When USDA released its yield estimates and crop production numbers this past Friday many farmers exhaled a collective sigh of disgust. While certain states’ crops flourish, drought, greensnap and disease in other states indicate only combines will tell the true yield story of 2018.
In west central Wisconsin, corn and soybean farmer Tony Mellenthin had a fantastic start to the season on his 7,000 acres. That great start could be slipping away, however, as rains become few and far between.
“We’re hot and dry and things are going backwards real fast,” Mellenthin told AgriTalk host Chip Flory. It seems like right as the Aug. 1 USDA crop conditions report came out that hot temperatures, combined with poor rainfall started hurting yields, he added.
“We had a chance for rain last night and didn’t get a drop,” Mellenthin said. “Another small chance here coming up on Monday, but it’s not looking that good because we’re so far behind now in August that we need a lot to catch up.”
Farther south and west, southwest farmer David Nichols might have just received much-needed rain, but that doesn’t mean all is perfect. His corn, soybeans and cattle are thirsty for more rain.
“We’ve been living from rain to rain and I’m a little apprehensive about how much yield has been effected,” Nichols said. “We’re going to start chopping silage next week and that’s two to three weeks earlier than we normally do.
In eastern Nebraska irrigation might have helped save crops from excessive drought and heat stress, but that doesn’t mean Mother Nature has given farmers a free pass. Row crop farmer Tim Gregerson said strong winds damaged his crops.
“We're probably going to have in the neighborhood of 130 semi loads less of corn this fall,” Gregerson said. “[Green] snap anywhere from five to 75% on basically all of our corn.”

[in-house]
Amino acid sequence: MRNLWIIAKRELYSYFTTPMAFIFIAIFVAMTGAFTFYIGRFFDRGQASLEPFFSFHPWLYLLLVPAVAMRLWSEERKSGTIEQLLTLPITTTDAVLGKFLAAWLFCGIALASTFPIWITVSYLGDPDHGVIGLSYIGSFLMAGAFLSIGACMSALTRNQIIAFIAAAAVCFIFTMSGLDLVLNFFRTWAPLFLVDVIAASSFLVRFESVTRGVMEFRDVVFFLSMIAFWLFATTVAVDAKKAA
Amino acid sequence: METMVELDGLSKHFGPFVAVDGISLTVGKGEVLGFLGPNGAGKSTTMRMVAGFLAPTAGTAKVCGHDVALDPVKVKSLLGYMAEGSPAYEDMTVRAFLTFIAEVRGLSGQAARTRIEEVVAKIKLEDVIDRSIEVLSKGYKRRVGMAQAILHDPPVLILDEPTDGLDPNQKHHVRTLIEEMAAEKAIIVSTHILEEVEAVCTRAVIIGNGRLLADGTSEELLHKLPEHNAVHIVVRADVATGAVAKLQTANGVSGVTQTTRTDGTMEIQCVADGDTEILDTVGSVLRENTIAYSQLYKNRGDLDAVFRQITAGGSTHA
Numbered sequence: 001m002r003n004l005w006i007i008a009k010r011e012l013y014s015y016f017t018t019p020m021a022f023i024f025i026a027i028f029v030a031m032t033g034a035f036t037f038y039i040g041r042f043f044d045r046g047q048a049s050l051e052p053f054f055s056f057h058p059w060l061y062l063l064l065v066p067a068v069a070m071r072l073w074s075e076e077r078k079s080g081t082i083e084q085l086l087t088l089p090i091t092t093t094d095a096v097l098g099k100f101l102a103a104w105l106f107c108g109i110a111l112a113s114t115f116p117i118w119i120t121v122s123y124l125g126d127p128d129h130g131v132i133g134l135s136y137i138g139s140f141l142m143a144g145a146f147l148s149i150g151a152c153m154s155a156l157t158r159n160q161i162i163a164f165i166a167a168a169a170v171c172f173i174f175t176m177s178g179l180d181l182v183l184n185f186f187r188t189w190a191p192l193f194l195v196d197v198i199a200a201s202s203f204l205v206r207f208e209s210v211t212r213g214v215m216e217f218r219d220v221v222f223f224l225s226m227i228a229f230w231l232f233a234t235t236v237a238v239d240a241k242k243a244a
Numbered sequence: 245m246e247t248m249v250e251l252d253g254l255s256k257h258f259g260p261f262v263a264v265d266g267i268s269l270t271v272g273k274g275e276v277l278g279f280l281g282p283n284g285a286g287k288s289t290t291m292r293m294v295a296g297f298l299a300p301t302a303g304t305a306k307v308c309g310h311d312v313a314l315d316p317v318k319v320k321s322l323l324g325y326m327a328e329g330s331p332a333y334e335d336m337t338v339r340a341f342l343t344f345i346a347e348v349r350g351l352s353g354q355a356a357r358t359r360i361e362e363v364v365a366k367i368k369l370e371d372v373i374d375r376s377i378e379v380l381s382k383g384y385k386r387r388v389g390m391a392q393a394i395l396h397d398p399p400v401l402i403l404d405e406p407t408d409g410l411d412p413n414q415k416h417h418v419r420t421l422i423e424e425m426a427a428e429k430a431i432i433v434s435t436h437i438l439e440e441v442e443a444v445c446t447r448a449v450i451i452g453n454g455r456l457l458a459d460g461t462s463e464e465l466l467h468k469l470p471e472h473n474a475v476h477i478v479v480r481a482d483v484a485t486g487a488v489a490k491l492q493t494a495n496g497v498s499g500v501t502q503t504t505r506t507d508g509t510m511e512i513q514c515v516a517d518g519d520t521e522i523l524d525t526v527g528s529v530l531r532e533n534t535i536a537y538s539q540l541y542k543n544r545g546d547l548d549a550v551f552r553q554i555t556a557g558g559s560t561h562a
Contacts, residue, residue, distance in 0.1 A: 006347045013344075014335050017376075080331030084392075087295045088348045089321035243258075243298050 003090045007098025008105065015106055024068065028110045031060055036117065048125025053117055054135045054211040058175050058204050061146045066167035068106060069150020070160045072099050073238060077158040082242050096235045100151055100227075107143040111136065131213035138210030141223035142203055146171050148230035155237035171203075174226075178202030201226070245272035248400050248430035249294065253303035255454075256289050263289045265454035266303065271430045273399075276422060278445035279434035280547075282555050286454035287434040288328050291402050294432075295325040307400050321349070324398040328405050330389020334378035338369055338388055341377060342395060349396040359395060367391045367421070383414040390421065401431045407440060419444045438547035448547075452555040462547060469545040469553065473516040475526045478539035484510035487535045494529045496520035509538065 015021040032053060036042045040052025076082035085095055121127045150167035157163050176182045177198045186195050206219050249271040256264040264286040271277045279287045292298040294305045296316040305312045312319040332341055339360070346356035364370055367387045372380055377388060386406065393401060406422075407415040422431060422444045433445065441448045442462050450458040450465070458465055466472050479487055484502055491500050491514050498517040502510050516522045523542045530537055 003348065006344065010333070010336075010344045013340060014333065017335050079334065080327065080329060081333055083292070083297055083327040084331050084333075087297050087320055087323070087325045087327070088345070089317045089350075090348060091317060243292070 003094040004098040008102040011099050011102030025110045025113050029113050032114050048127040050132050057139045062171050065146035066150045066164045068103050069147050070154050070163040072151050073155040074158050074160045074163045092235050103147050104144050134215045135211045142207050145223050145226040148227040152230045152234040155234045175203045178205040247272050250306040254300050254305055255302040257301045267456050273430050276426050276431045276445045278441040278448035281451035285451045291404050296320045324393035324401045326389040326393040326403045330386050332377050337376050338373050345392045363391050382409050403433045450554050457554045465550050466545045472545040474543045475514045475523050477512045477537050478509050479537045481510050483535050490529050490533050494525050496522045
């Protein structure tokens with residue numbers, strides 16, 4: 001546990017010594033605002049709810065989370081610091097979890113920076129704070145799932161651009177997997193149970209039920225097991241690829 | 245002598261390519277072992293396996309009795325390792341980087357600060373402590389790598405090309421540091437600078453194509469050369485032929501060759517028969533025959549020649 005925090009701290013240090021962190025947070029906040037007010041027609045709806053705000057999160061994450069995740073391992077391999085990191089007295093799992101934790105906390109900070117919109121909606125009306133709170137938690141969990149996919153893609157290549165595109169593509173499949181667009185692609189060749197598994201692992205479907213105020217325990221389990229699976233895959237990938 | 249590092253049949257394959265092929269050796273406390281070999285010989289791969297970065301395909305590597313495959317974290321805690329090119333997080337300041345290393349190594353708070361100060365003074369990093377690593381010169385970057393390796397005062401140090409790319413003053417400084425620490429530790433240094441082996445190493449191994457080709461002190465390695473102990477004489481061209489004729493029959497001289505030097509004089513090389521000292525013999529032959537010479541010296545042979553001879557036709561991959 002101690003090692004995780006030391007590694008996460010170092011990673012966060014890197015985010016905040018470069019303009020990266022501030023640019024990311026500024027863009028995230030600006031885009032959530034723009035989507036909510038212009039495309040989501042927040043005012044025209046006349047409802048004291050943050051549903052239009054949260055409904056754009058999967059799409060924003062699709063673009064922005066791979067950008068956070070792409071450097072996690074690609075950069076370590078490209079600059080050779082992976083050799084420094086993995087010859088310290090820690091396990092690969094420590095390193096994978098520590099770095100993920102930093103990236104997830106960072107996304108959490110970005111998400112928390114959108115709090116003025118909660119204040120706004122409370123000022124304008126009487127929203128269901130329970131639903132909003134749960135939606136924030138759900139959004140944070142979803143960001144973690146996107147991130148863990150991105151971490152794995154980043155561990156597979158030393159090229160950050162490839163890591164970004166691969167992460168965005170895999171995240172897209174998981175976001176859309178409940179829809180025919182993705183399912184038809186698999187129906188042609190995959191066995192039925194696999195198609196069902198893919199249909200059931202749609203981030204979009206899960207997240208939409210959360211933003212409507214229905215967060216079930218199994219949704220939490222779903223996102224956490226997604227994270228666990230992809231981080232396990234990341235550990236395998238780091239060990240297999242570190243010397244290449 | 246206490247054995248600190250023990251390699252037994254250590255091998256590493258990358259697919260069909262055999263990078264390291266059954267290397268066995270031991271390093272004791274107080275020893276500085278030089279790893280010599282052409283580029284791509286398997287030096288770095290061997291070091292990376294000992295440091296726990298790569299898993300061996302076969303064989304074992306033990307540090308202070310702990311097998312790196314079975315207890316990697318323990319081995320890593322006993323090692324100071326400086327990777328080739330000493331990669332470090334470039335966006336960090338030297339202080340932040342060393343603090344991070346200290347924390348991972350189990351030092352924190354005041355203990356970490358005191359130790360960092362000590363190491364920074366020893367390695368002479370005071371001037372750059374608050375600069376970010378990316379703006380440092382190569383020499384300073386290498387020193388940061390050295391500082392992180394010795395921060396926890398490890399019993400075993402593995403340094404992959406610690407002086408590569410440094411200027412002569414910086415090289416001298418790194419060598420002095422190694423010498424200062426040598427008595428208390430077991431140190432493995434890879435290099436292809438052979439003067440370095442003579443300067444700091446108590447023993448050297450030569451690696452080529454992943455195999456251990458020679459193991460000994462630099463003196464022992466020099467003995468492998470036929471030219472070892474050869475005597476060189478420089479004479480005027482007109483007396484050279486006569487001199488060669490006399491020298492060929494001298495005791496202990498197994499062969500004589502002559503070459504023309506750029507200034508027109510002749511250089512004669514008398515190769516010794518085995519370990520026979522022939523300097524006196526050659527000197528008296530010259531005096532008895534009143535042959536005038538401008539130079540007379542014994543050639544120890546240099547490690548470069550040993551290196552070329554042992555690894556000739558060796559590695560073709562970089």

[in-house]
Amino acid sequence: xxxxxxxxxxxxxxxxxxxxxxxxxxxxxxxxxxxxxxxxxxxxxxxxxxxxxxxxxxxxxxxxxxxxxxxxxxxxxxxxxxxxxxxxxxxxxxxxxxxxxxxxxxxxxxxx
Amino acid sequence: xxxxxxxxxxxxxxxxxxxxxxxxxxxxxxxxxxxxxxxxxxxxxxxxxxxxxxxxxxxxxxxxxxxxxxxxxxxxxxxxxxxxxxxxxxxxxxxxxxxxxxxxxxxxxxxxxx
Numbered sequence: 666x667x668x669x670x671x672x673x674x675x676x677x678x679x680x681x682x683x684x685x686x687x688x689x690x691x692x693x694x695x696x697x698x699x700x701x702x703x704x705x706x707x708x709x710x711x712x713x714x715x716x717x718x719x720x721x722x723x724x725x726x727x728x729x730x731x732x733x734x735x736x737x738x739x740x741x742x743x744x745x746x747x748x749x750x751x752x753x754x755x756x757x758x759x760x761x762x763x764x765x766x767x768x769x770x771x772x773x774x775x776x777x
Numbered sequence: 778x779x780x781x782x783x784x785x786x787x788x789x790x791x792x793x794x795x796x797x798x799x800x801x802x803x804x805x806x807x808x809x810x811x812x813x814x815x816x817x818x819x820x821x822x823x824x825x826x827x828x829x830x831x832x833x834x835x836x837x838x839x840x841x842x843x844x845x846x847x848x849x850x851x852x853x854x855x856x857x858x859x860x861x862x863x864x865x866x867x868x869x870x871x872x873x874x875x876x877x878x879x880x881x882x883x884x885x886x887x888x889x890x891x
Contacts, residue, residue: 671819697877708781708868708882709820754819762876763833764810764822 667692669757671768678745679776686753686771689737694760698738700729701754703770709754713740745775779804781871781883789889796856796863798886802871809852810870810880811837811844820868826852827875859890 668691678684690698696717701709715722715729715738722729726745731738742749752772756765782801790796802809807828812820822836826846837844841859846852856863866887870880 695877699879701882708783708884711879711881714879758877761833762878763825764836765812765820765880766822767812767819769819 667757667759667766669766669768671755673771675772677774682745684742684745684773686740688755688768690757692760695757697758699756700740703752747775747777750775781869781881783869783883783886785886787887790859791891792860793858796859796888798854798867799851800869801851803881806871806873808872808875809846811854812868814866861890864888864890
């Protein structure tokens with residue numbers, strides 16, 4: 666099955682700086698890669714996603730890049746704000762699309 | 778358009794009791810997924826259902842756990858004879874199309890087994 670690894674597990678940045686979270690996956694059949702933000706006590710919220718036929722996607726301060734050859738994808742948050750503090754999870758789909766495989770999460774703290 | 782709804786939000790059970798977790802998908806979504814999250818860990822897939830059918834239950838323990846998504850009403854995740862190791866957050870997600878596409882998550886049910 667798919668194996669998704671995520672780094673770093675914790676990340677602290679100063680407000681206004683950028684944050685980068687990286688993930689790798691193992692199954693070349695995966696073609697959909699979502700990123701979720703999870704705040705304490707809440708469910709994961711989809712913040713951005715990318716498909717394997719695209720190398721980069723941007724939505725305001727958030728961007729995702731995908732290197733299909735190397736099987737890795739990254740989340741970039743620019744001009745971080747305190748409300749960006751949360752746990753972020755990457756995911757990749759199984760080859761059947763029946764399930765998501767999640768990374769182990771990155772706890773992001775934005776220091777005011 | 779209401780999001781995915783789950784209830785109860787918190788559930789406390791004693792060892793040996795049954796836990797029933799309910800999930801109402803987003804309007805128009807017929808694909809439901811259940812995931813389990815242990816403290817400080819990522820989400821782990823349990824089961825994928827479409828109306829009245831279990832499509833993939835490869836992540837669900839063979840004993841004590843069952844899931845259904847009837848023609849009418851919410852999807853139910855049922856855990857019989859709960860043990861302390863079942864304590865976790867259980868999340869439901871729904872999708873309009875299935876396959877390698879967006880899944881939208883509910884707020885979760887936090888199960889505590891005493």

Soybeans are still in pretty good shape he says, but their last “good” rain was July 12 with nothing more than a couple hundredths of an inch here and there over the past month. “It’s showing and the dry land crop is definitely fading,” Gregerson said.
Questionable yields and issues often means a call to the insurance adjuster. While insurance decisions might not be top of mind right now, Bob Hartsough, crop insurance agent in Indiana, says farmers need to be thinking about a new option.
“At least know it’s there and consider it,” Hartsough said. “It's called margin protection. It actually has just started the discovery period for your spring guarantee today.”
Sales closing date is the end of September for margin protection. Compared to revenue protection, margin protection has a 95% coverage option and protects leftover margin because it takes into account costs of production.
“[For example] if you’ve got 170 bu. APH on revenue protection policies, or above, you’re going to have, in general, $100 an acre out of pocket for a deductible before it’s going to protect you,” Hartsough said. “On this product you’re less than $40 an acre is all it is before it starts protecting you. At least know [this new option] is there and consider it.”